We sink further—310, 320—finally we catch her at 345 feet.
Fifth Patrol—The Near Loss and Heroic Action
September 30—Two days ago we got the worst beating of the war to date. Attacked a big tanker protected by planes and a sub chaser. The Captain made a beautiful approach, and we got two, maybe three hits on him. He sank. But all hell broke loose as soon as we fired. Bombs literally rained down on us from the air. The sub chaser called in another patrol vessel and spotted us accurately—then let go right on top of us. Three deafening crashes—the whole ship shook and trembled. It jarred open valves, ruptured hull fittings, broke glass and nearly all the light bulbs. I couldn’t begin to itemize the damage. There were leaks in every compartment. The worst was in the forward battery, a steady stream of water pouring in at enormous pressure through a ruptured fitting. I went forward. When I saw it—water already several inches deep on deck—I said, “oh dear God, this is it I guess.” Then I forgot all about God and everything else in the world except stopping the leak and keeping the water out of the battery in the deck below.
Lieutenant Henderson abbreviated the details of this 1942 near disaster:
The leak was 1/4 inch in diameter. It was in the discharge pipe from the officer’s head located in a tiny cubicle at the corner of the officer’s bunking area above the forward battery compartment.
During some previous overhaul, this pipe had been drill-tested to ensure that the metal still met the rigid specifications for strength. And the test hole was mistakenly located outboard of the sea valve . . . had the test been made on the section of pipe inboard of this valve, the leak would not have occurred even if the faulty plug had not been replaced [emphasis added].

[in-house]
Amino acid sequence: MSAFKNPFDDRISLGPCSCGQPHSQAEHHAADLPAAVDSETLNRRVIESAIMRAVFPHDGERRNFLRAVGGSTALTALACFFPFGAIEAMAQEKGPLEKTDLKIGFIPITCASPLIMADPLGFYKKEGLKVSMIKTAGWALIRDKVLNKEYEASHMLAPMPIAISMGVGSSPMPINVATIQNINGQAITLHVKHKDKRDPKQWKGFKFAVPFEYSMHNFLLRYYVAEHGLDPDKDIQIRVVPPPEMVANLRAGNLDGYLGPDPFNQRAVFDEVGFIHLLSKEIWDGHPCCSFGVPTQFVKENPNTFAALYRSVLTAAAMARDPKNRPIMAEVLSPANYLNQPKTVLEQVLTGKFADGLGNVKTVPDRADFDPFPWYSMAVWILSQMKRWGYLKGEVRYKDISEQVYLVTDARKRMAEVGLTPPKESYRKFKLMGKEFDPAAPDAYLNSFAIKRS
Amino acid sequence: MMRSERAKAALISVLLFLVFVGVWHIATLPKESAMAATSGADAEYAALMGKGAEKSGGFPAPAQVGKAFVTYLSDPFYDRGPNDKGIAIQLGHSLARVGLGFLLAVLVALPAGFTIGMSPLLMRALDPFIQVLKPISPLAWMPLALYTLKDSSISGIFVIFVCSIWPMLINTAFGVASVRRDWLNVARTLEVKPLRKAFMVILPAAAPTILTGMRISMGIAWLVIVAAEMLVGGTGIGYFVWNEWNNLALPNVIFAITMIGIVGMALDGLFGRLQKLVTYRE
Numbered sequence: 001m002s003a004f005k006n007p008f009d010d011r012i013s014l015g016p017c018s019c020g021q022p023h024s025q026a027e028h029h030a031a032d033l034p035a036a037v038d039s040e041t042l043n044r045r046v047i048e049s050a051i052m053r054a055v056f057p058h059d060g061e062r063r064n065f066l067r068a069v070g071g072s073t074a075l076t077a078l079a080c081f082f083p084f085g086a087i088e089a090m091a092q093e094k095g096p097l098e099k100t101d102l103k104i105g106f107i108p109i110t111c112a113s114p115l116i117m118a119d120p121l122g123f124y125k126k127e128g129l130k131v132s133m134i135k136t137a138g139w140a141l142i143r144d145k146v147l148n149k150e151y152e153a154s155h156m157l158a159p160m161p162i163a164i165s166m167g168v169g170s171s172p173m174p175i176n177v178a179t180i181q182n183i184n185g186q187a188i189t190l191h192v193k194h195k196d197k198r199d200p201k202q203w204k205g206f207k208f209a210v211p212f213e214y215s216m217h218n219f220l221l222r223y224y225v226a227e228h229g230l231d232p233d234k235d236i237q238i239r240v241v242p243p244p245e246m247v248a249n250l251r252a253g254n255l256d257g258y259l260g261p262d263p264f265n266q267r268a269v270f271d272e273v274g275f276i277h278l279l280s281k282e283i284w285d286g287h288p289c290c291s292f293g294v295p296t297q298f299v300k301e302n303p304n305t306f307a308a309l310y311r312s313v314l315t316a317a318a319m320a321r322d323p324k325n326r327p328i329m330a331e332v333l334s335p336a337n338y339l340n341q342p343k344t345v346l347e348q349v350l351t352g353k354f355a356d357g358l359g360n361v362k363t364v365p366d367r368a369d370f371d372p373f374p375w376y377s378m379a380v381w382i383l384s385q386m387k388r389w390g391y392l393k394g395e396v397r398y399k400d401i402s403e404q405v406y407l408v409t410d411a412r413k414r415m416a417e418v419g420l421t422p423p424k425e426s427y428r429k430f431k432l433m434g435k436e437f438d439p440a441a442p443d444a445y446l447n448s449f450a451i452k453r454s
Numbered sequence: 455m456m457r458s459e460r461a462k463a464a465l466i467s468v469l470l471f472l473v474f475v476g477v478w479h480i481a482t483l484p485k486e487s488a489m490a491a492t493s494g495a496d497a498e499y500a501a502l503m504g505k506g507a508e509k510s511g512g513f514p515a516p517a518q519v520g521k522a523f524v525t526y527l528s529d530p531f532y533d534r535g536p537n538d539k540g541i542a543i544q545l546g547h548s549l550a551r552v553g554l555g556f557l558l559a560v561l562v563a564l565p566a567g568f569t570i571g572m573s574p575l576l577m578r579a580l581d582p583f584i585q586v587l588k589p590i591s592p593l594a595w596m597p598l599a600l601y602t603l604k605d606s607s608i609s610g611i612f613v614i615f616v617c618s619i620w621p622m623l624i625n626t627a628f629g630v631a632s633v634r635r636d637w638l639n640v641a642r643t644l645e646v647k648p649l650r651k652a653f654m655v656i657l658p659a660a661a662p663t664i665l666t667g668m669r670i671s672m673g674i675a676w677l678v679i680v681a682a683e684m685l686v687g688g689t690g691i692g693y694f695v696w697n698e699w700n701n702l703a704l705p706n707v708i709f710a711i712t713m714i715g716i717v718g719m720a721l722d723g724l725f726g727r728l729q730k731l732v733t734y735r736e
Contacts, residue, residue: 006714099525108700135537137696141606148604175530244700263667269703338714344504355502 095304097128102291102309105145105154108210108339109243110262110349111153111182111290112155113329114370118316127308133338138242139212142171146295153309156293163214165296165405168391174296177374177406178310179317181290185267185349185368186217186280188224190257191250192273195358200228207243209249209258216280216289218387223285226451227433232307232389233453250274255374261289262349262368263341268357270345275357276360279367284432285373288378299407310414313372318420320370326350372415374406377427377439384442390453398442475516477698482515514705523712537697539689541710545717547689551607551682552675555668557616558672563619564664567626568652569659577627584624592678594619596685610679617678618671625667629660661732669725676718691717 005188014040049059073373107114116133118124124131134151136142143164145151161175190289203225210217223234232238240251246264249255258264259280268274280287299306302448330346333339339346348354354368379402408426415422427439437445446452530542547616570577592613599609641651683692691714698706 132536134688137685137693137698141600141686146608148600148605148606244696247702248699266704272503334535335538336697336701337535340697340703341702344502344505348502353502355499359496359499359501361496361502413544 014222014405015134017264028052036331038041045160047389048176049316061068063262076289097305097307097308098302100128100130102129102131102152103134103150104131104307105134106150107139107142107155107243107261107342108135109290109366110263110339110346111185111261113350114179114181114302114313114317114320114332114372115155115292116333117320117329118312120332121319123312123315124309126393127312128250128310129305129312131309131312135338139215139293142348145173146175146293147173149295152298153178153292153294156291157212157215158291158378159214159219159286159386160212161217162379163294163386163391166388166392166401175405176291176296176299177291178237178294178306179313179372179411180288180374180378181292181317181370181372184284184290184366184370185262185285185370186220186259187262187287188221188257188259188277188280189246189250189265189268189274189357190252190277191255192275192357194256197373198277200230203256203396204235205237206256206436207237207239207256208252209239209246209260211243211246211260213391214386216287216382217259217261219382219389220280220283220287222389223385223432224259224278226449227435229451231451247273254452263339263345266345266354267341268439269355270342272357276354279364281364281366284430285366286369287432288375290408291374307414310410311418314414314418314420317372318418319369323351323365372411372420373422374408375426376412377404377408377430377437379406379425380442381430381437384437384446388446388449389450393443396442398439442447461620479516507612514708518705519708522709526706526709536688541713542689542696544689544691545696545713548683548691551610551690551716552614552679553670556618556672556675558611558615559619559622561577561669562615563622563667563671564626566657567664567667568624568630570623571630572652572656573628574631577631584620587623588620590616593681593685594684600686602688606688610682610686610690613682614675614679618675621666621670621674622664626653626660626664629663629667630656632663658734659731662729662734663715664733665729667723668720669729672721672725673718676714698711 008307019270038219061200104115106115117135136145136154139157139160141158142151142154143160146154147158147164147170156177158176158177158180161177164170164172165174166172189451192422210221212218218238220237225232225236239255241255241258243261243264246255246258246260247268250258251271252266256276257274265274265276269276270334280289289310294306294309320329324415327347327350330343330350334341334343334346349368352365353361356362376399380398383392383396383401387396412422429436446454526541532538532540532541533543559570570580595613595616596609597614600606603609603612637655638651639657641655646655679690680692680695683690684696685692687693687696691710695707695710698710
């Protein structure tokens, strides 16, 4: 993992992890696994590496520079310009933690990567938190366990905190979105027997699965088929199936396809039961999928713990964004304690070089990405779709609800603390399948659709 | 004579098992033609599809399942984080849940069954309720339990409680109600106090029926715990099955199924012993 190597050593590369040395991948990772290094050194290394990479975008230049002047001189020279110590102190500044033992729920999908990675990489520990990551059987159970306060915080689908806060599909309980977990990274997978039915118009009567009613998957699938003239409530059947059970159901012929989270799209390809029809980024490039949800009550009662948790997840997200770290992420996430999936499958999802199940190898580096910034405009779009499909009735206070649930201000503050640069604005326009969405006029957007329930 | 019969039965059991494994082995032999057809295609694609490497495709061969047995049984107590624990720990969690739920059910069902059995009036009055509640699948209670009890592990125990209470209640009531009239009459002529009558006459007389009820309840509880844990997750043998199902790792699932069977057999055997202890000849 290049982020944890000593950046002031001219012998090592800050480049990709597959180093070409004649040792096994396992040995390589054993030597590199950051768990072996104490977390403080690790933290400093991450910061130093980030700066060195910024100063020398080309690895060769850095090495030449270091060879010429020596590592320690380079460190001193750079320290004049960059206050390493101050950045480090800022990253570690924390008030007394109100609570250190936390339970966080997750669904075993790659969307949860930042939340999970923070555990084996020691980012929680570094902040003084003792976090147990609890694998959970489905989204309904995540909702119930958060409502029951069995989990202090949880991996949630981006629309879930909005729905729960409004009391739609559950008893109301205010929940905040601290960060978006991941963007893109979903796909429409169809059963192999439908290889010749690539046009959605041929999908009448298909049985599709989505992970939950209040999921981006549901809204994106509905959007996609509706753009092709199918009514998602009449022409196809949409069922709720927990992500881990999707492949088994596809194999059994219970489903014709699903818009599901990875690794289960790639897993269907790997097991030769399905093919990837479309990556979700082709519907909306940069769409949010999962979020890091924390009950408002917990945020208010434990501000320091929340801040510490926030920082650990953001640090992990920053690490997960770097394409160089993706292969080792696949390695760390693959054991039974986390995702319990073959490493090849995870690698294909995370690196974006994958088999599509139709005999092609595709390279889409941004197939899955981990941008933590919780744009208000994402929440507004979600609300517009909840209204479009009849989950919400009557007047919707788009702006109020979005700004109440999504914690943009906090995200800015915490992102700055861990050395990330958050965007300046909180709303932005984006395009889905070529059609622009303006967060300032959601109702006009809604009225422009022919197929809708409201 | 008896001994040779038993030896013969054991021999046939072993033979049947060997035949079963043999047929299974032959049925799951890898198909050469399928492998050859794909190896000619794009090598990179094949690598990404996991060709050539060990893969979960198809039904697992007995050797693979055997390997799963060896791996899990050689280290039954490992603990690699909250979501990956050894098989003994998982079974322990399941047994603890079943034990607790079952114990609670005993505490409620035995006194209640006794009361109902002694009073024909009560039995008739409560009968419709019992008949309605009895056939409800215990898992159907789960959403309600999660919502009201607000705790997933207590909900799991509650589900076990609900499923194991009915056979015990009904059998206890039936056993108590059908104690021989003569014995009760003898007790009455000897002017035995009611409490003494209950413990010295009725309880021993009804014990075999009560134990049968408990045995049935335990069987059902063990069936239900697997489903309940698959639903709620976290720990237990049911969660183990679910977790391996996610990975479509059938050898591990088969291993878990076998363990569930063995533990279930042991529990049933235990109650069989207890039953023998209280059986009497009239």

So, the water was gushing in . . . the sea pressure forced enormous amounts of water through that hole. Baldwin, the chief auxiliary man, immediately fashioned a wooden plug by sawing off the conical shaped end of a paint brush. We tried innumerable times to insert this plug into the hole against the pressure of the incoming water stream with no success.
The space between the pipe and the adjacent rigid steel bulkhead was only about two inches, barely enough room for a person’s hand to reach in.
While Baldwin was desperately working on the leak, I had improvised a dam around the hatch that opened to the battery compartment below. We used mattresses and bed linen from the bunks. This proved effective. The water ran down the deck from the head and flowed around the dam to the after end of the compartment, where it accumulated and at one point reached a depth of over a foot. We started a bucket brigade and transferred the water to the pump room bilges located underneath the control room.
The diving officer, had to keep a large “up” angle on the boat to maintain depth [he could not pump the water out–the noise from the pumps created a “bullseye for the Nips” sound detection instruments].
Lieutenant Commander Chappell . . . concentrated on the sonar reports and occasionally maneuvered to confuse the enemy and help escape. . . . He also noted that we were slowly sinking despite skilled efforts. The crew was quietly working to keep the submarine running, prevent her from sinking, and repair the extensive damage that had occurred in every compartment.
. . . The propellor noise and “wake” turbulence increased but only slightly . . . finally ship stabilized at 325 feet, 60 feet beyond test depth . . .